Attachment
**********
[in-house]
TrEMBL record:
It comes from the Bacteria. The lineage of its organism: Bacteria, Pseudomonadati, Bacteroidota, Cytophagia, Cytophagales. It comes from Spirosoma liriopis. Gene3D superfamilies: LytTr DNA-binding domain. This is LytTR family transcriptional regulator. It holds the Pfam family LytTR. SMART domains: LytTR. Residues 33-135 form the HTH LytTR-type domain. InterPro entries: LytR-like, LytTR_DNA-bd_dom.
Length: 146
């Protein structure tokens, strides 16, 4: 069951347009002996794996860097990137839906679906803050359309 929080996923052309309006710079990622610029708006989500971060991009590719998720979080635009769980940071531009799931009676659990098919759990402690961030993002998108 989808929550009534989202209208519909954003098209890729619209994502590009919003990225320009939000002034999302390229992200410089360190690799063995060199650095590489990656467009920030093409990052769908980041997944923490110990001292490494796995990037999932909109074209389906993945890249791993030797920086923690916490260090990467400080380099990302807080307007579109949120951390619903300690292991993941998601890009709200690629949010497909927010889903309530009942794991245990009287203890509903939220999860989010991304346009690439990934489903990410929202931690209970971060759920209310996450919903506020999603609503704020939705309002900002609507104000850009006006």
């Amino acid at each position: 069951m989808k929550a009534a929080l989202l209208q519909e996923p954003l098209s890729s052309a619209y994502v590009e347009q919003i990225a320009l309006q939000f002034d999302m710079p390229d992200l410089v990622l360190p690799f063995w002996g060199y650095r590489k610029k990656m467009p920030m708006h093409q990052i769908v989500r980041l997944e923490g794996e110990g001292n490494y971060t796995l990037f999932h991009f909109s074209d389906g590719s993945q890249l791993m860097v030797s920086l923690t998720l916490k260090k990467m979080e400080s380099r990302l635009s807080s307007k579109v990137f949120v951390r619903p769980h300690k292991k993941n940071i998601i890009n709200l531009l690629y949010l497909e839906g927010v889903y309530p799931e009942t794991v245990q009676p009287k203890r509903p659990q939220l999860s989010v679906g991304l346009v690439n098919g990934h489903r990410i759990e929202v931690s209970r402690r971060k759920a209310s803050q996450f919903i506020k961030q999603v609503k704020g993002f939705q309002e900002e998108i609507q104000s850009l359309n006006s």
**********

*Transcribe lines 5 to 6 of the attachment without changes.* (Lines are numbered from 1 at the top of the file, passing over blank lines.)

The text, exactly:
């Protein structure tokens, strides 16, 4: 069951347009002996794996860097990137839906679906803050359309 929080996923052309309006710079990622610029708006989500971060991009590719998720979080635009769980940071531009799931009676659990098919759990402690961030993002998108 989808929550009534989202209208519909954003098209890729619209994502590009919003990225320009939000002034999302390229992200410089360190690799063995060199650095590489990656467009920030093409990052769908980041997944923490110990001292490494796995990037999932909109074209389906993945890249791993030797920086923690916490260090990467400080380099990302807080307007579109949120951390619903300690292991993941998601890009709200690629949010497909927010889903309530009942794991245990009287203890509903939220999860989010991304346009690439990934489903990410929202931690209970971060759920209310996450919903506020999603609503704020939705309002900002609507104000850009006006």
């Amino acid at each position: 069951m989808k929550a009534a929080l989202l209208q519909e996923p954003l098209s890729s052309a619209y994502v590009e347009q919003i990225a320009l309006q939000f002034d999302m710079p390229d992200l410089v990622l360190p690799f063995w002996g060199y650095r590489k610029k990656m467009p920030m708006h093409q990052i769908v989500r980041l997944e923490g794996e110990g001292n490494y971060t796995l990037f999932h991009f909109s074209d389906g590719s993945q890249l791993m860097v030797s920086l923690t998720l916490k260090k990467m979080e400080s380099r990302l635009s807080s307007k579109v990137f949120v951390r619903p769980h300690k292991k993941n940071i998601i890009n709200l531009l690629y949010l497909e839906g927010v889903y309530p799931e009942t794991v245990q009676p009287k203890r509903p659990q939220l999860s989010v679906g991304l346009v690439n098919g990934h489903r990410i759990e929202v931690s209970r402690r971060k759920a209310s803050q996450f919903i506020k961030q999603v609503k704020g993002f939705q309002e900002e998108i609507q104000s850009l359309n006006s």